Rent increases when renting privately

Rents in the private sector tend to be higher than council or housing association rents.

The rules on rent levels and rent increases depend on the type of tenancy you have. Use our tenancy checker to check what type of tenancy you have.

Questions to ask before moving in

Before you move into a privately rented home or sign an agreement, you should ask your landlord or letting agent to confirm the following in writing:

  • How much rent you will pay and exactly what it includes. Check whether the rent includes bills and council tax and work out whether you can afford it before you sign any agreement.
  • When you should pay. Rent is usually paid weekly or monthly in advance, with the first payment due when you move in
  • How you should pay. Your landlord may prefer you to pay by standing order, cheque or cash. If you pay cash, always make sure you are given a receipt.
  • Any 'rent review' clauses in the tenancy agreement, which allow the rent to be increased.

When can the rent be increased?

The rules on how and when your rent can be increased often depend on whether your tenancy is ‘fixed-term’ (that is, for a fixed period of time such as six months) or periodic (rolling from week to week or month to month). They also depend on the type of tenancy you have (see below).

Fixed-term tenants

If you have a fixed-term tenancy, your landlord cannot normally increase the rent until the fixed-term ends. The only exceptions to this are if you agree to the increase (in which case, if you are a regulated tenant, a special form must be used) or if there is a clause in your agreement saying that the rent will be increased.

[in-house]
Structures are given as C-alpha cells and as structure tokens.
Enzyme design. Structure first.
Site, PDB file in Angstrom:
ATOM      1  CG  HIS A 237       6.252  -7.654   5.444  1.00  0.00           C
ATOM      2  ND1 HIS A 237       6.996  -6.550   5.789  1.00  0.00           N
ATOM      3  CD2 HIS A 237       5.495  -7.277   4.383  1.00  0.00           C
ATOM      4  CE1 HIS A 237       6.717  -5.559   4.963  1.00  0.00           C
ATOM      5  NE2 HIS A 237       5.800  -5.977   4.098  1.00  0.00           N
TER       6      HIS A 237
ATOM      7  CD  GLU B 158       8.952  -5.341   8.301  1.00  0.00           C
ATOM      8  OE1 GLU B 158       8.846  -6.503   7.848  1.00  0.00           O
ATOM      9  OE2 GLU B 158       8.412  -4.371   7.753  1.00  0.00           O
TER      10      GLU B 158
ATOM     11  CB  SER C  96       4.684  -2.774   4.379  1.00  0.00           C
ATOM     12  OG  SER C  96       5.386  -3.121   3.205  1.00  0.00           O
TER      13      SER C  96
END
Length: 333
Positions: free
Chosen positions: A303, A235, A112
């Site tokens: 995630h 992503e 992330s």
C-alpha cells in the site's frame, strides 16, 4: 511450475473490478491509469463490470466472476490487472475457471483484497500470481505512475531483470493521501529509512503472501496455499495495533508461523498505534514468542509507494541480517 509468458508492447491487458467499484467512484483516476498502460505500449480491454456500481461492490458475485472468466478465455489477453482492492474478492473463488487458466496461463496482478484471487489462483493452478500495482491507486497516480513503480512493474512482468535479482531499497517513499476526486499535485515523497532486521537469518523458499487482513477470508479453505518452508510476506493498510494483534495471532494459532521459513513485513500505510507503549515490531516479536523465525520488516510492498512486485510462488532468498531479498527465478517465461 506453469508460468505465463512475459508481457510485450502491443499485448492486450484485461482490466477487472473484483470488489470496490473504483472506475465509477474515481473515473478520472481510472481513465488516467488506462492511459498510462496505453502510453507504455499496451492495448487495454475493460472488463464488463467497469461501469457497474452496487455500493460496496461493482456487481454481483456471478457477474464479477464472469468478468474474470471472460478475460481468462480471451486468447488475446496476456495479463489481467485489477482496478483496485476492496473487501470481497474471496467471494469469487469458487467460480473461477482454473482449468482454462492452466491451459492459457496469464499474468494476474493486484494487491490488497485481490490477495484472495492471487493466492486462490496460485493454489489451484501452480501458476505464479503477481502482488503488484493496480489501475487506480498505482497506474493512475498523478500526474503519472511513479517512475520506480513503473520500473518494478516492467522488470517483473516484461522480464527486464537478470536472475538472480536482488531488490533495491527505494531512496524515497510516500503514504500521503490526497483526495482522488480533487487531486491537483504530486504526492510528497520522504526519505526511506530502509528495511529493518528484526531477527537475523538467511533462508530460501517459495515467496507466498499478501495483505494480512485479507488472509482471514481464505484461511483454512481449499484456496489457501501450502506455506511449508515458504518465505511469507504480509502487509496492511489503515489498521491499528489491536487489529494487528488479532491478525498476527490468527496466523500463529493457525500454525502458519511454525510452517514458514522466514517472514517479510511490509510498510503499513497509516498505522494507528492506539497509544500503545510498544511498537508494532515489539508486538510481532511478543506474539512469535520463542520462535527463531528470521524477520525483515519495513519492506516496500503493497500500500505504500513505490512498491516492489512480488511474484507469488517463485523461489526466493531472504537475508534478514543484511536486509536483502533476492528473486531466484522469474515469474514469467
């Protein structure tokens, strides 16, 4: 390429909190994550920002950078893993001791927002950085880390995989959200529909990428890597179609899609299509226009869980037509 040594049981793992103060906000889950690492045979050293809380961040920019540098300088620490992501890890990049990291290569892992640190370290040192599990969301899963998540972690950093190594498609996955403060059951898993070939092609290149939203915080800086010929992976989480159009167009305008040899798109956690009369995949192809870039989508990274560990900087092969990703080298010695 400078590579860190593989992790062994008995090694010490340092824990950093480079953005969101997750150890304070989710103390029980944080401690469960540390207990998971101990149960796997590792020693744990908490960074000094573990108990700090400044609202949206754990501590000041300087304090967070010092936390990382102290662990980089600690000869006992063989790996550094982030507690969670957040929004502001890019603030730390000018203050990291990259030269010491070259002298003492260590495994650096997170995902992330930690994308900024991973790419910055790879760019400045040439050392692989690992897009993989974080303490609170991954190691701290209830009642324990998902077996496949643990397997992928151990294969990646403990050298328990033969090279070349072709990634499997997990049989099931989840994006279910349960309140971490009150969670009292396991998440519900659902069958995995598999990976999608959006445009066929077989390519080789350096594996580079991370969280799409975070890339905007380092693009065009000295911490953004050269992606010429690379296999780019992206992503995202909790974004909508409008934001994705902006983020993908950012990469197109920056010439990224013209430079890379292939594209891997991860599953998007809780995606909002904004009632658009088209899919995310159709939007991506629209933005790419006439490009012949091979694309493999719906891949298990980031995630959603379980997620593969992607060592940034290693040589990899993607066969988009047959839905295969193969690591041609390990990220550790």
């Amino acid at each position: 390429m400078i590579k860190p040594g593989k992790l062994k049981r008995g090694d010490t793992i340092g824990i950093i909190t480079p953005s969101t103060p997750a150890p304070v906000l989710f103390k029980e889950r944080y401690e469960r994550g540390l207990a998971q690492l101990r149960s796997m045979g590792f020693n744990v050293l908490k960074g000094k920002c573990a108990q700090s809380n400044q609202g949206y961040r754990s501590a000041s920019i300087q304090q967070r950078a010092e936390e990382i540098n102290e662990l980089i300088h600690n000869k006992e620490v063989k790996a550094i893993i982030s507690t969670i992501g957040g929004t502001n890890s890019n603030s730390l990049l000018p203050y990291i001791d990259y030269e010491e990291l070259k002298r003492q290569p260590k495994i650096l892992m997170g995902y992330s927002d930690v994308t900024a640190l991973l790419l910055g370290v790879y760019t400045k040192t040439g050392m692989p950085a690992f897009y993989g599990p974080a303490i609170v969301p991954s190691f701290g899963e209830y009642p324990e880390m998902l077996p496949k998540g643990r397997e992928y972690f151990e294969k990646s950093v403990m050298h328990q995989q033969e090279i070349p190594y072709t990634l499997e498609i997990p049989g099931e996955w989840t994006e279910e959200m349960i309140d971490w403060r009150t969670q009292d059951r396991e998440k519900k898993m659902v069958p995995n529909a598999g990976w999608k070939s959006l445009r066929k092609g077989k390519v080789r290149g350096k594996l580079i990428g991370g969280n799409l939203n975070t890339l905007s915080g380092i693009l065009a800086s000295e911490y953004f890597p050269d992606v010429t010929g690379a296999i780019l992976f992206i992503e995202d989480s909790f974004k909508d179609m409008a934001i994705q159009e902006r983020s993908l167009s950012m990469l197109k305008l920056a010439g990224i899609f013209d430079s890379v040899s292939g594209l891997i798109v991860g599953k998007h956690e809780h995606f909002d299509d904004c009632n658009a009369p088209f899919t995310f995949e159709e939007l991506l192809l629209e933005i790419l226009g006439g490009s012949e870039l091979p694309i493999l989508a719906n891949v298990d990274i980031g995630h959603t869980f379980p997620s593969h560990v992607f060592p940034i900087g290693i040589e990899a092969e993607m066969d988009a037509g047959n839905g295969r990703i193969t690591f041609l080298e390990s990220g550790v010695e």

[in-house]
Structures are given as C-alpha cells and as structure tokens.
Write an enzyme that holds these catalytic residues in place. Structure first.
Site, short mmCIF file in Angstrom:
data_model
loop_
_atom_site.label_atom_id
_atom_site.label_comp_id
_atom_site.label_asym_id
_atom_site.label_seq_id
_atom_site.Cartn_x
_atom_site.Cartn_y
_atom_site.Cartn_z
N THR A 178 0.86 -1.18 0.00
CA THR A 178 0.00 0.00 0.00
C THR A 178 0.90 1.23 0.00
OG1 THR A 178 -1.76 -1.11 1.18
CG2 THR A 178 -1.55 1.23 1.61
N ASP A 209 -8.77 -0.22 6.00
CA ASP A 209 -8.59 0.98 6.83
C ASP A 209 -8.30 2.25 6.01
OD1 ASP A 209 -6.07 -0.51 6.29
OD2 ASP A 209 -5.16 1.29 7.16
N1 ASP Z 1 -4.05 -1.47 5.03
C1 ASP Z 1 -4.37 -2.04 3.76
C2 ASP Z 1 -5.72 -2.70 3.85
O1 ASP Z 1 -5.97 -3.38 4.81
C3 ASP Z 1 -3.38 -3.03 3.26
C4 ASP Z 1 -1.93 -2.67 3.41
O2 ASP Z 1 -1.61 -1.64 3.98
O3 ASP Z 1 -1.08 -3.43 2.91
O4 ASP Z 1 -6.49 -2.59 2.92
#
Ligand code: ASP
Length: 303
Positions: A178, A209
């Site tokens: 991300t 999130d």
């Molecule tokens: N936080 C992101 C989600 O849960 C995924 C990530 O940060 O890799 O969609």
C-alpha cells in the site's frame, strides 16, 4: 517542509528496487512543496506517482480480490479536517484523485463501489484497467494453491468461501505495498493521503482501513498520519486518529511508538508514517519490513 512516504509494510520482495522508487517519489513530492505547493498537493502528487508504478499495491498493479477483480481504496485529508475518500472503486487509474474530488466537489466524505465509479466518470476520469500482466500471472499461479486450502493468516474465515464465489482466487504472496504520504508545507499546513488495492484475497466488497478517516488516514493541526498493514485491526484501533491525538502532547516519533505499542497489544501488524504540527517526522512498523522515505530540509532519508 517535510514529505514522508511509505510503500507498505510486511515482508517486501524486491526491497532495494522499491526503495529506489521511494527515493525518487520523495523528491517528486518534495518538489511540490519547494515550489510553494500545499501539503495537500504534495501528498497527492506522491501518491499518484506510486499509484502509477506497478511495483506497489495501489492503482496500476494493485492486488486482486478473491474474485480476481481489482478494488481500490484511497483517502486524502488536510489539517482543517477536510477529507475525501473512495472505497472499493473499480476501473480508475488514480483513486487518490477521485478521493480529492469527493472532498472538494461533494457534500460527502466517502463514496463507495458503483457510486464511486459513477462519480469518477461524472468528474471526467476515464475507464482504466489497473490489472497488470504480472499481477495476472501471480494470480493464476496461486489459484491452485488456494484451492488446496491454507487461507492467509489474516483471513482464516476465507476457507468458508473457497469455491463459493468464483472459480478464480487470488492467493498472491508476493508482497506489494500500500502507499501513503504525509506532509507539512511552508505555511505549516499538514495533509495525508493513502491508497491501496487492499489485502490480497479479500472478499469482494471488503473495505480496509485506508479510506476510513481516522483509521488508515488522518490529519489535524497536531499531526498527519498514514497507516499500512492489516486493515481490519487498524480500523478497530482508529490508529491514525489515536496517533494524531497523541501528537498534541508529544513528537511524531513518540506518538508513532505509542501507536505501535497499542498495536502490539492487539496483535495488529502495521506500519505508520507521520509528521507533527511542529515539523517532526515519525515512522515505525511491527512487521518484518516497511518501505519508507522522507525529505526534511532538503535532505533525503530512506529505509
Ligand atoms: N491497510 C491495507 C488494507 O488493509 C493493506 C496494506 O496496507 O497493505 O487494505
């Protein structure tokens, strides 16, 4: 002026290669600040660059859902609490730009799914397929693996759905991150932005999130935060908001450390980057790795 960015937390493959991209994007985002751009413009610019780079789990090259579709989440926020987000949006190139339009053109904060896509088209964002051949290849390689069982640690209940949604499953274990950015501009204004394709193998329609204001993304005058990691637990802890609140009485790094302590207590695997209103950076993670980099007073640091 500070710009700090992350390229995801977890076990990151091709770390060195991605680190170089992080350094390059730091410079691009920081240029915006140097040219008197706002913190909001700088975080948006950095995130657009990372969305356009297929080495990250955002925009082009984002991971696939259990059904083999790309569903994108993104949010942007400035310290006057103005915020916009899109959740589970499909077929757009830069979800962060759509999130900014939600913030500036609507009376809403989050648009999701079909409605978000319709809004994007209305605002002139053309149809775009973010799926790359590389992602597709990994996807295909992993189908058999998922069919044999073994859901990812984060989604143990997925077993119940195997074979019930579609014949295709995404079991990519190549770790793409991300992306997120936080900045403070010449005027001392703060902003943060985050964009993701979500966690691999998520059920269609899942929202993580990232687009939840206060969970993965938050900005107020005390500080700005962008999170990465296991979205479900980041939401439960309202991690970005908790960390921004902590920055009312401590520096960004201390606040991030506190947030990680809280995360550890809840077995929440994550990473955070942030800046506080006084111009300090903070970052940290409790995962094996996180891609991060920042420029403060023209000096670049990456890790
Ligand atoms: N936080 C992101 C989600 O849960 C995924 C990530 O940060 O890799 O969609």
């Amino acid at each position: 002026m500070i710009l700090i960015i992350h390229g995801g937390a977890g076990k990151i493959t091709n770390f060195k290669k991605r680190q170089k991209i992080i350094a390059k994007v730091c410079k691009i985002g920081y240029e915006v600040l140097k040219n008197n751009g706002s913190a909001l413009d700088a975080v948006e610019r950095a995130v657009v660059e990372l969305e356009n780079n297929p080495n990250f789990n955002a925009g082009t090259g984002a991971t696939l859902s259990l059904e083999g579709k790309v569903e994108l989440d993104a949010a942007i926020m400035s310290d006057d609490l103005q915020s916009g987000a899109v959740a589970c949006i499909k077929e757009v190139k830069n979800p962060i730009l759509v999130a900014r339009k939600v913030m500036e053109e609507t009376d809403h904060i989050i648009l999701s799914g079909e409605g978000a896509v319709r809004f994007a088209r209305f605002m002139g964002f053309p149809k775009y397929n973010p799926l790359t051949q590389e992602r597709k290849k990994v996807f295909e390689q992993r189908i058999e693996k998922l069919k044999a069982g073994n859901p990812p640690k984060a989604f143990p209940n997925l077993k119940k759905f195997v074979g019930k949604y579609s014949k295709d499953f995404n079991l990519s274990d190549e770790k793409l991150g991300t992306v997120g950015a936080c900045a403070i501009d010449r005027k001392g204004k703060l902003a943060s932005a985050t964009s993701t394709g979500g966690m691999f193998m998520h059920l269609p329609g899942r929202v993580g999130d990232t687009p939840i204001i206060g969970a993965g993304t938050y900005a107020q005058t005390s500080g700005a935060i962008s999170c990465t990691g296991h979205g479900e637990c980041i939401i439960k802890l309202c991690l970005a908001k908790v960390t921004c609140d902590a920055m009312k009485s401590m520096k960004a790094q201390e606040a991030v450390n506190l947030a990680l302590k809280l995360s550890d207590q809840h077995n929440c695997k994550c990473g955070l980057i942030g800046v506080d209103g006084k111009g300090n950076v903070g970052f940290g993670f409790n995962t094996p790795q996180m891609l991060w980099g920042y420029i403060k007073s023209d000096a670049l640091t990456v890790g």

Periodic tenants

Once the fixed-term has ended and your tenancy becomes periodic, most private tenants will find it difficult to argue against rent increases. This is particularly true for tenants who don't have much protection from eviction, such as assured shorthold tenants, excluded occupiers and occupiers with basic protection). Your landlord may simply choose to evict you using the appropriate procedure, rather than forgo the rent increase.

Some private tenants, however, have more protection from eviction and may be able to get a proposed rent increase stopped. This includes people who have regulated tenancies (protected by the Rent Act) or assured tenancies.

Your rights and options depend on the type of tenancy you have (see below).

Use Shelter's tenancy checker to check what type of tenancy you have

Rent increases if you have an assured shorthold tenancy

If you have an assured shorthold tenancy, (which most private tenants do) your landlord can charge you a 'market rent'. Market rents are the ‘going rate’ and are affected by the availability and cost of other similar accommodation in the area.

However, assured shorthold tenants don't have much protection from eviction. Your landlord may prefer to evict you legally at the end of the fixed-term rather than reduce the amount of rent they want to charge. Think carefully and get advice before taking any action. Also bear in mind that a rent tribunal may decide to put the rent up if they think it is lower than comparable properties in the area.

Many landlords will increase the rent when they renew your tenancy agreement. In reality, you don't have very much power to stop them from doing this. As assured shorthold tenants can be evicted without a legal reason, your landlord may decide to find a new tenant if you don't agree to pay it. If you do sign a new agreement, you will not be able to apply to a rent tribunal. If you want to stay in your home, you may have little choice but to accept the increase with the new fixed-term if your landlord is not prepared to negotiate.